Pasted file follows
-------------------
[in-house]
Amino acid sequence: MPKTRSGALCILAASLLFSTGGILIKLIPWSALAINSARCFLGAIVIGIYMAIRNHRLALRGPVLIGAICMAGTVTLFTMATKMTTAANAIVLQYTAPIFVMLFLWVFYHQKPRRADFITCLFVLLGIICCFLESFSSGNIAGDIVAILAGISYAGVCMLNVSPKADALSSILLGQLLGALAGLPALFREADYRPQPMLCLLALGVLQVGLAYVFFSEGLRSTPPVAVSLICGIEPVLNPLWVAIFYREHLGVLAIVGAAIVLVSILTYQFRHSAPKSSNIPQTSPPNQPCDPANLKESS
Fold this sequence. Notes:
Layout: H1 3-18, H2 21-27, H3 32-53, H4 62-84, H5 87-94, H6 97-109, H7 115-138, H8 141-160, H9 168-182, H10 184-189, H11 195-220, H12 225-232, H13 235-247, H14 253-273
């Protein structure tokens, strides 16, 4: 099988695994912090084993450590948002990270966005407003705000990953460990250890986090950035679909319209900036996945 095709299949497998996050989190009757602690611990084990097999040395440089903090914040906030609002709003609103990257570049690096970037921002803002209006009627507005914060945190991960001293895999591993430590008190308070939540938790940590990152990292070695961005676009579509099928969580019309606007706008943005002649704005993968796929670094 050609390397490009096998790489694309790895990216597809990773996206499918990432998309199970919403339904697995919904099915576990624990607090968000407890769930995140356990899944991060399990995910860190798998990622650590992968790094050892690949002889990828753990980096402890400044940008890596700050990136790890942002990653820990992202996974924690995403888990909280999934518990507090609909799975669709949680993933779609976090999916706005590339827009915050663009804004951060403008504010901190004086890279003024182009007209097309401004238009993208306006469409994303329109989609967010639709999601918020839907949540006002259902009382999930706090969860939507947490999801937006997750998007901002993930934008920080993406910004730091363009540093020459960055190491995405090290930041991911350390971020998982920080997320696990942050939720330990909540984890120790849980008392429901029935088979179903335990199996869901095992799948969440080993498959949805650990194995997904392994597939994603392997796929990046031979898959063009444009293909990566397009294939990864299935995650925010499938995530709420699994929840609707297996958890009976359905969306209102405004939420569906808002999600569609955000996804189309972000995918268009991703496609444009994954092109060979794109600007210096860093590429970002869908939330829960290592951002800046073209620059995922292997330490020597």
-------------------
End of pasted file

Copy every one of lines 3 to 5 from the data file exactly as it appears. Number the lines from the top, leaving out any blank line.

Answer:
Fold this sequence. Notes:
Layout: H1 3-18, H2 21-27, H3 32-53, H4 62-84, H5 87-94, H6 97-109, H7 115-138, H8 141-160, H9 168-182, H10 184-189, H11 195-220, H12 225-232, H13 235-247, H14 253-273
């Protein structure tokens, strides 16, 4: 099988695994912090084993450590948002990270966005407003705000990953460990250890986090950035679909319209900036996945 095709299949497998996050989190009757602690611990084990097999040395440089903090914040906030609002709003609103990257570049690096970037921002803002209006009627507005914060945190991960001293895999591993430590008190308070939540938790940590990152990292070695961005676009579509099928969580019309606007706008943005002649704005993968796929670094 050609390397490009096998790489694309790895990216597809990773996206499918990432998309199970919403339904697995919904099915576990624990607090968000407890769930995140356990899944991060399990995910860190798998990622650590992968790094050892690949002889990828753990980096402890400044940008890596700050990136790890942002990653820990992202996974924690995403888990909280999934518990507090609909799975669709949680993933779609976090999916706005590339827009915050663009804004951060403008504010901190004086890279003024182009007209097309401004238009993208306006469409994303329109989609967010639709999601918020839907949540006002259902009382999930706090969860939507947490999801937006997750998007901002993930934008920080993406910004730091363009540093020459960055190491995405090290930041991911350390971020998982920080997320696990942050939720330990909540984890120790849980008392429901029935088979179903335990199996869901095992799948969440080993498959949805650990194995997904392994597939994603392997796929990046031979898959063009444009293909990566397009294939990864299935995650925010499938995530709420699994929840609707297996958890009976359905969306209102405004939420569906808002999600569609955000996804189309972000995918268009991703496609444009994954092109060979794109600007210096860093590429970002869908939330829960290592951002800046073209620059995922292997330490020597």